Sunday, October 23rd
After learning about the Fremont Indians the day before, I’d heard there was nearby “9 Mile Canyon” where you could see petroglyphs. It was a wide detour, and the signs were a bit vague about about exactly how much was gravel road vs. paved. Perfect!
The previous evening I went to a brewpub on the recommendation of the motel owner (“it’s the highest rated restaurant in the area on Trip Advisor!”).
I sat at the bar and chatted a bit with the waitstaff and locals. It was another reminder of what it’s like living in more rural areas: everyone was friendly but conversation is painful. I suspect part of this is that I’m a clear outsider but even amongst locals the conversations were all small talk and long pauses.
The food itself was similar to the boring food I’d had in Wall, SD. I suspect if I’d gotten something with meat (or even the fish) it might have been better but this trip has reinforced my wariness about living in a tiny town. It’s also interesting to see how the daily experience and mindset is so different from a more urban area. It really is two worlds separated by a short drive.
Sunday morning I was up and off to Nine Mile Canyon. It’s at least 40-50 miles of road, and there is a stretch of gravel but it’s only six or so miles long. I didn’t do much petroglyph exploring, in part because I wasn’t sure most of them were, but I really enjoyed the ride.
Unfortunately few miles of gravel road is the set of switchbacks climbing the hills and the road itself is in pretty bad shape. If you’re on a motorbike I would be extremely wary about doing this if it was at all wet. I saw one of the very few fellow drives on this road here, I was riding up as a semi-truck barrelled down the hill, taking up almost all of the road as it tore around corners, and nearly flattened me. Normally you can see other vehicles coming on gravel roads, but the turns and rocks made it impossible to see the dust trail before I could see the truck. I was already wide over in my lane (because I’m paranoid about this exact situation), so I edged over a bit more and the truck rumbled by a couple of feet away.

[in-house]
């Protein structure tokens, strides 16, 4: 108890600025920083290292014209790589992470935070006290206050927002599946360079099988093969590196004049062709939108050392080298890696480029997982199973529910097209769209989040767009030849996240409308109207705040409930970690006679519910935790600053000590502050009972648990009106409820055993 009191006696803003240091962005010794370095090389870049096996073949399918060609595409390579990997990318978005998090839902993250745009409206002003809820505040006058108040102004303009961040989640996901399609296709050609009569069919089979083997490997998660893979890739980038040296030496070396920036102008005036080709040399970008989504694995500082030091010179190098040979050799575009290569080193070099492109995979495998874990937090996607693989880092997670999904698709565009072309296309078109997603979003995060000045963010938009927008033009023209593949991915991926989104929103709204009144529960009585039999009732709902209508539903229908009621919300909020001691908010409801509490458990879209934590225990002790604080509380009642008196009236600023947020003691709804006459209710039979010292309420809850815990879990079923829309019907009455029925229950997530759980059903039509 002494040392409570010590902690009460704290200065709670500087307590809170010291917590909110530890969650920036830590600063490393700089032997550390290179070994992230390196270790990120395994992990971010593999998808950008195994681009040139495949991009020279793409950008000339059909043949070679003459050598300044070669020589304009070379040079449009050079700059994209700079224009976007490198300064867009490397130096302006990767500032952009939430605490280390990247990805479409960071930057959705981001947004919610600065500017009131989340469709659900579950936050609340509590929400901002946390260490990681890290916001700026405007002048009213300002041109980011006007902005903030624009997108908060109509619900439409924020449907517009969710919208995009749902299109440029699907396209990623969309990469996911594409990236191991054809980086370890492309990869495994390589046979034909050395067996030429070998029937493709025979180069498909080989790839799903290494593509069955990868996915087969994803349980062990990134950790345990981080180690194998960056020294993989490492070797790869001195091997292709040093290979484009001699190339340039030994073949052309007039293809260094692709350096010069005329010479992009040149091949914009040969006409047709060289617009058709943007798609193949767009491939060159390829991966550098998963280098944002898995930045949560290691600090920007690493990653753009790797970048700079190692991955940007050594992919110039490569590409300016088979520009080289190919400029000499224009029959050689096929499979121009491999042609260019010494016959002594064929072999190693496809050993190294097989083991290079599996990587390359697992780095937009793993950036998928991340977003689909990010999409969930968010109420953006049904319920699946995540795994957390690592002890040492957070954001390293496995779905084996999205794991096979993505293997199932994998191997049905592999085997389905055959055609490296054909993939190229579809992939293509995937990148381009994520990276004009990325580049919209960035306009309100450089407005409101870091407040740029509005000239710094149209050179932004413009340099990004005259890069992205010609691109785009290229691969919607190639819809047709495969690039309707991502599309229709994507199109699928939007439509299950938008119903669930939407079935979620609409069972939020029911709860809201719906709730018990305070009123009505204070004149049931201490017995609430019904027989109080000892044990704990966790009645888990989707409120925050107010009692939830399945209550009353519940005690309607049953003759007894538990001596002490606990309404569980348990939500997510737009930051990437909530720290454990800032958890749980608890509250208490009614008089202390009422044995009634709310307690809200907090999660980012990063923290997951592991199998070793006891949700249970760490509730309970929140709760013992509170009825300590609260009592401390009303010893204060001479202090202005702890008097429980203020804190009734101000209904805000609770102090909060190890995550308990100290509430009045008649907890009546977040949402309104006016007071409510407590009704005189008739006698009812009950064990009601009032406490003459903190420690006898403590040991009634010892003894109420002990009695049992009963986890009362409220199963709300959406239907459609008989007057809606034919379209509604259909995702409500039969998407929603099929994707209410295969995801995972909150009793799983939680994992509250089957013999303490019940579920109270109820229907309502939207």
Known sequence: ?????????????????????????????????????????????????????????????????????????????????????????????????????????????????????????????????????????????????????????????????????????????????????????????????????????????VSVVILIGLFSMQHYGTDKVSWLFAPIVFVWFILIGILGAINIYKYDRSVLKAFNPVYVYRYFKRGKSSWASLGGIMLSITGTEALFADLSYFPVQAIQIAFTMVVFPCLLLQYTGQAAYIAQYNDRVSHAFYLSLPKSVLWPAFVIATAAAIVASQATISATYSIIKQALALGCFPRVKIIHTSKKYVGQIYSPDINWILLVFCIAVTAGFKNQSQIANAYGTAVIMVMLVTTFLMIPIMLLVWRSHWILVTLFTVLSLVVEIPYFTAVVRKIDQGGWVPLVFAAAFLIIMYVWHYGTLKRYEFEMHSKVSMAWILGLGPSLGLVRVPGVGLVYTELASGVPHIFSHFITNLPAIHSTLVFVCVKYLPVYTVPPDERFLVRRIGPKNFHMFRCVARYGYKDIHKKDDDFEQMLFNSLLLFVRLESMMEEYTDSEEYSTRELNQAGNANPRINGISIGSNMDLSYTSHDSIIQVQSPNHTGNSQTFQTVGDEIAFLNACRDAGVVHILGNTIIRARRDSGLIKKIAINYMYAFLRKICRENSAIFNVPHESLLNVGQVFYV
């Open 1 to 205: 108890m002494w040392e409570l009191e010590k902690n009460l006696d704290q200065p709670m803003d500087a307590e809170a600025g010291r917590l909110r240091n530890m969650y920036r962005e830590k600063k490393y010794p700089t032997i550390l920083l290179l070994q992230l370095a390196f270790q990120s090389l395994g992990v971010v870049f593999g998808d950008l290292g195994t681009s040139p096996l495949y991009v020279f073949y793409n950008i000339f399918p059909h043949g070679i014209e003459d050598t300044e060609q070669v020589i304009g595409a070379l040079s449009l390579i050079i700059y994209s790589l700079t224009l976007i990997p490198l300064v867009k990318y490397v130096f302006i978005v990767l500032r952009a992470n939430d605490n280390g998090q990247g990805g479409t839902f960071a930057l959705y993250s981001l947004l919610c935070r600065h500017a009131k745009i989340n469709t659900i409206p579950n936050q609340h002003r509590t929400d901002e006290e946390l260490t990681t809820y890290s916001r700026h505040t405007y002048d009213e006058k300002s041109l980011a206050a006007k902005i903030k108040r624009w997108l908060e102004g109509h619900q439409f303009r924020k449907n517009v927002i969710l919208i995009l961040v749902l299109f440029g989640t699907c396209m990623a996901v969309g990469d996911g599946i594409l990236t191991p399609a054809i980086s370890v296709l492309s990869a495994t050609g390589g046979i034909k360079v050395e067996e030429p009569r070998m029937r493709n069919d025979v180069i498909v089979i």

I eventually regained the main roads and headed up to Park City, home of High West Distillery! Their Double Rye is great, and their various whiskeys are in every bar around here which is fabulous. I checked my phone at a gas station and it looked like there was an “avoid highways” route, so I avoided I-80 and instead headed … into a park? Another paved road without a center line and two way traffic slowly going by one another as we climbed up amidst a hoard of aspen trees.
I ended up above the snowline; it’d been dry so it was chilly and more fun than threatening. Other side of the mountain I ended up in Big Cottonwood Canyon, something I would learn a weekend later when I returned to go hiking. It was a great drive.
My Airbnb host for the next two weeks had asked if we could meeting in late afternoon, so I had an hour or two to pass. I didn’t want to go too far from my scooter with all my luggage on there, and ended up at one of my favorite things to do in any city: explore the cemetery!
The cemetery is definitely worth checking out if you’re into such things. You can see a lot of clear signs of how important genealogy and presentation of history are to the Mormon church. Graves of early pioneers have been given a special tag, and families have created recent tombstones to praise long buried ancestors. The cemetery isn’t the most beautiful, but the echoes of how folks want to remember history is much more apparent here than in others I’ve visited.
Eventually it was time to leave, locate my Airbnb and begin my two week stay in Salt Lake City.